Metered Internet access is a fact of life for many broadband users around the world, but has been largely a nonfactor when it comes to wired broadband in the US. That may change, according to a memo leaked to the Broadband Reports forums. If the memo is to be believed, Time Warner Cable will be rolling out what it calls “Consumption Based Billing” on a trial basis in the Beaumont, Texas area.
Under the proposed scheme, new customers will be able to choose from a couple of different plans with varying bandwidth caps. They’ll be given online tools to monitor usage and will be able to upgrade to the next higher tier of service to avoid charges for exceeding their monthly bandwidth limit. If the trial works well, Time Warner would then roll out bandwidth caps to current customers: “We will use the results of the trial to evaluate results for possible future nationwide rollouts,” reads the memo.
Bandwidth caps have been a sore subject for some users who have found themselves bumping into mysterious, undefined limits. This past fall, a number of Comcast subscribers complained that their service was cut off after having reached Comcast’s bandwidth limit. The problem is that Comcast (and other ISPs) do not publicize what limits they have in place. Comcast’s Acceptable Use Policy, for instance, offers users only a vague warning against “generating levels of traffic sufficient to impede others’ ability to send or retrieve information.”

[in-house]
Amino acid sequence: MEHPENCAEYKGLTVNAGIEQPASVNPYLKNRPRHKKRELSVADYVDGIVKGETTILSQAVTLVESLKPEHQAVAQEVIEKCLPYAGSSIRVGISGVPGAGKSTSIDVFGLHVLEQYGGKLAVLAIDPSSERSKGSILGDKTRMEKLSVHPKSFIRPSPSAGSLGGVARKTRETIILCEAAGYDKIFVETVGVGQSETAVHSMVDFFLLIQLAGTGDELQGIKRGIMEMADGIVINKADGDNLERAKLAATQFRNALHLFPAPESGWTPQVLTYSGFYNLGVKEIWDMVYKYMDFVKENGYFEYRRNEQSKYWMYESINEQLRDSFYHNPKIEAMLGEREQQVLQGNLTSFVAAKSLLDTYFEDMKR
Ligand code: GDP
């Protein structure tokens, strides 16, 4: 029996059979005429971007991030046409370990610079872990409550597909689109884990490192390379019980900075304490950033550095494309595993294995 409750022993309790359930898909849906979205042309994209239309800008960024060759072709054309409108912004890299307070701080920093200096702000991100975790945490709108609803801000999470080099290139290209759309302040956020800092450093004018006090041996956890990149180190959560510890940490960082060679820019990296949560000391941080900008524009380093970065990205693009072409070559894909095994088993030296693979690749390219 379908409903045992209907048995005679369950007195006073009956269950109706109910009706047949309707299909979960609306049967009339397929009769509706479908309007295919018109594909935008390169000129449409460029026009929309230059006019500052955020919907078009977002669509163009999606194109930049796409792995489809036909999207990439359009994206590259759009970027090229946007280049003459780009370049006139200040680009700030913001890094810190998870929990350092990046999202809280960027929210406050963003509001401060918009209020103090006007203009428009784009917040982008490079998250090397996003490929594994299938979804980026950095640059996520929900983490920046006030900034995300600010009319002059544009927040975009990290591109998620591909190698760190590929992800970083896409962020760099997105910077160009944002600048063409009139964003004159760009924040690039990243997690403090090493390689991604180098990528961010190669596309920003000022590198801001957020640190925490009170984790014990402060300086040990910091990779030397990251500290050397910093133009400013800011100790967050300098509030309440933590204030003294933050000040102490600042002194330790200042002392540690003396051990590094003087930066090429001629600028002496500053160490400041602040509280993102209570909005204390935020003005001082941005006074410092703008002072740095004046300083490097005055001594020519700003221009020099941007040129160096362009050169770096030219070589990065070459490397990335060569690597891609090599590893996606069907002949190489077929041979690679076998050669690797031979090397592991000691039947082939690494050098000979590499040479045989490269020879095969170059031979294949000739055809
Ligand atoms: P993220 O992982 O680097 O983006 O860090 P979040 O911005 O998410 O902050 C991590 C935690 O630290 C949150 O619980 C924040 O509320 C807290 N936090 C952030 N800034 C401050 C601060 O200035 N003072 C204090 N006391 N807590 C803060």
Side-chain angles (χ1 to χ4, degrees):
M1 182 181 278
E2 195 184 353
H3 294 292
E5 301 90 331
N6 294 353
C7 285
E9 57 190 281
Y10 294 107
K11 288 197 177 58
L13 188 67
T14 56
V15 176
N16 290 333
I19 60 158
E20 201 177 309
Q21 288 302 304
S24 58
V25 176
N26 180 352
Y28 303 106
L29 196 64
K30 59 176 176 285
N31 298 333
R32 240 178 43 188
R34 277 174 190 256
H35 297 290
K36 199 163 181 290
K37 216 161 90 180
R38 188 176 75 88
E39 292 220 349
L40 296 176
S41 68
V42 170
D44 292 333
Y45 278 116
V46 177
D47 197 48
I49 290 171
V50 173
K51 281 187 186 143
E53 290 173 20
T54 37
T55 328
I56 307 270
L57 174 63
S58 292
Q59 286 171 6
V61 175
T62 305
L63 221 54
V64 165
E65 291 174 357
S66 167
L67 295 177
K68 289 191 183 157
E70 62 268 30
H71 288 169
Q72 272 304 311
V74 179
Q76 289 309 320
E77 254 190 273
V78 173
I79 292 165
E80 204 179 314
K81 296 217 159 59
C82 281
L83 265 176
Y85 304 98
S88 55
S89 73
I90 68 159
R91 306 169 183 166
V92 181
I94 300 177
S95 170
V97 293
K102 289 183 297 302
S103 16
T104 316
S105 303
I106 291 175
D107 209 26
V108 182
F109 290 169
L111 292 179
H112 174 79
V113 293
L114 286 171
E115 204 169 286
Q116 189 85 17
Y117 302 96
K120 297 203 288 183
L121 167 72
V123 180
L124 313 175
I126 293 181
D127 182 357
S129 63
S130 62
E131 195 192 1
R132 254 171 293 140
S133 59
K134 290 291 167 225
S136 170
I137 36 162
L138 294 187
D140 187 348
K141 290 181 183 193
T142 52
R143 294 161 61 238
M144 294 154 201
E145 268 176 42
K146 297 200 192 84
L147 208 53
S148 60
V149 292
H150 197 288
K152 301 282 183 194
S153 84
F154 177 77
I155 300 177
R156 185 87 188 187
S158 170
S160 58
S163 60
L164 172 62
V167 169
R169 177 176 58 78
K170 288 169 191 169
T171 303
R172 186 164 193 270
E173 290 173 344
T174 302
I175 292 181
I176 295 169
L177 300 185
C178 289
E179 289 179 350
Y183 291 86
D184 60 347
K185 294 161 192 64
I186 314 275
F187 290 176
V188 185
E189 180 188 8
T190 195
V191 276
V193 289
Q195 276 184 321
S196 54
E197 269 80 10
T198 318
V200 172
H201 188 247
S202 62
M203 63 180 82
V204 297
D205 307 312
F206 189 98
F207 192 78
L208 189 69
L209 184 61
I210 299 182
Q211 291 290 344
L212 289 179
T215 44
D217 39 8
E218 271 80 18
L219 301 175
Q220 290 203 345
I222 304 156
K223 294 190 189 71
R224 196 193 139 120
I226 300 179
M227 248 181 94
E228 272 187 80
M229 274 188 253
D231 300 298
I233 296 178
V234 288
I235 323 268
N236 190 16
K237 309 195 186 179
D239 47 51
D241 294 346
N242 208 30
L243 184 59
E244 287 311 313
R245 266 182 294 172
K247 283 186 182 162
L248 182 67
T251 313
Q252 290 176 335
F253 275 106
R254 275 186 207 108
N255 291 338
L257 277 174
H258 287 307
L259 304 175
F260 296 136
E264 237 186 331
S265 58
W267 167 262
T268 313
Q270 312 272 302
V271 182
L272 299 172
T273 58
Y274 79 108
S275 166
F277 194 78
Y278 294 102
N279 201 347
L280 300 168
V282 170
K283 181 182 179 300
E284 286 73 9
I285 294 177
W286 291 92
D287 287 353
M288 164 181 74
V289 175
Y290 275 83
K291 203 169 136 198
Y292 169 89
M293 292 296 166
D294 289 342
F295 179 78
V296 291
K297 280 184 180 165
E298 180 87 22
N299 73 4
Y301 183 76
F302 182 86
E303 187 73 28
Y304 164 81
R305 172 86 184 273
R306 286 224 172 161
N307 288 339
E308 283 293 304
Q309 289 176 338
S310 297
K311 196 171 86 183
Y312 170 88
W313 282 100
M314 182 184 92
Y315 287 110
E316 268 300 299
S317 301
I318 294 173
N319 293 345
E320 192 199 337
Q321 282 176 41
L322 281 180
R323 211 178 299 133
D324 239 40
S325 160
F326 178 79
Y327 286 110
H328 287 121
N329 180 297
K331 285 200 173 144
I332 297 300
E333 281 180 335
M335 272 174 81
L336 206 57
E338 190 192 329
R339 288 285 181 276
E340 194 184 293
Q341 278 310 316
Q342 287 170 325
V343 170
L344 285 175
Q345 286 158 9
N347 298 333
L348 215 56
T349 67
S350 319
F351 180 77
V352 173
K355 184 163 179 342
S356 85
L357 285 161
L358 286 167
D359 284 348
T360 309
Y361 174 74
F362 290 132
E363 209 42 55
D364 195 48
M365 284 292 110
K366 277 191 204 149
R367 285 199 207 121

Absent hard, publicized bandwidth caps, broadband providers’ only alternatives are implementing the kinds of nebulous caps Comcast has been criticized for, engaging in traffic shaping to lighten the burden on the network, or making their networks robust enough to handle demand (I’ll take door number three). Both Comcast and Cox have been pilloried for using forged reset packets to thwart P2P transfers. Cox defends the practice, saying that it’s necessary to “ensure the best possible online experience for customers.”
Putting caps in place as is apparently planned by Time Warner would remove the uncertainty for high-volume users, and would force the heaviest consumers of bandwidth to pay accordingly. The downside is that companies with bandwidth caps could find themselves at a marketing disadvantage to ISPs without set limits.
Time Warner Cable did not immediately respond to a phone call requesting comment on whether the memo is legitimate and it is indeed planning to instituted tiered bandwidth caps.
Although we have been unable to connect with a Time Warner spokesperson, the company has since confirmed the plans to Reuters.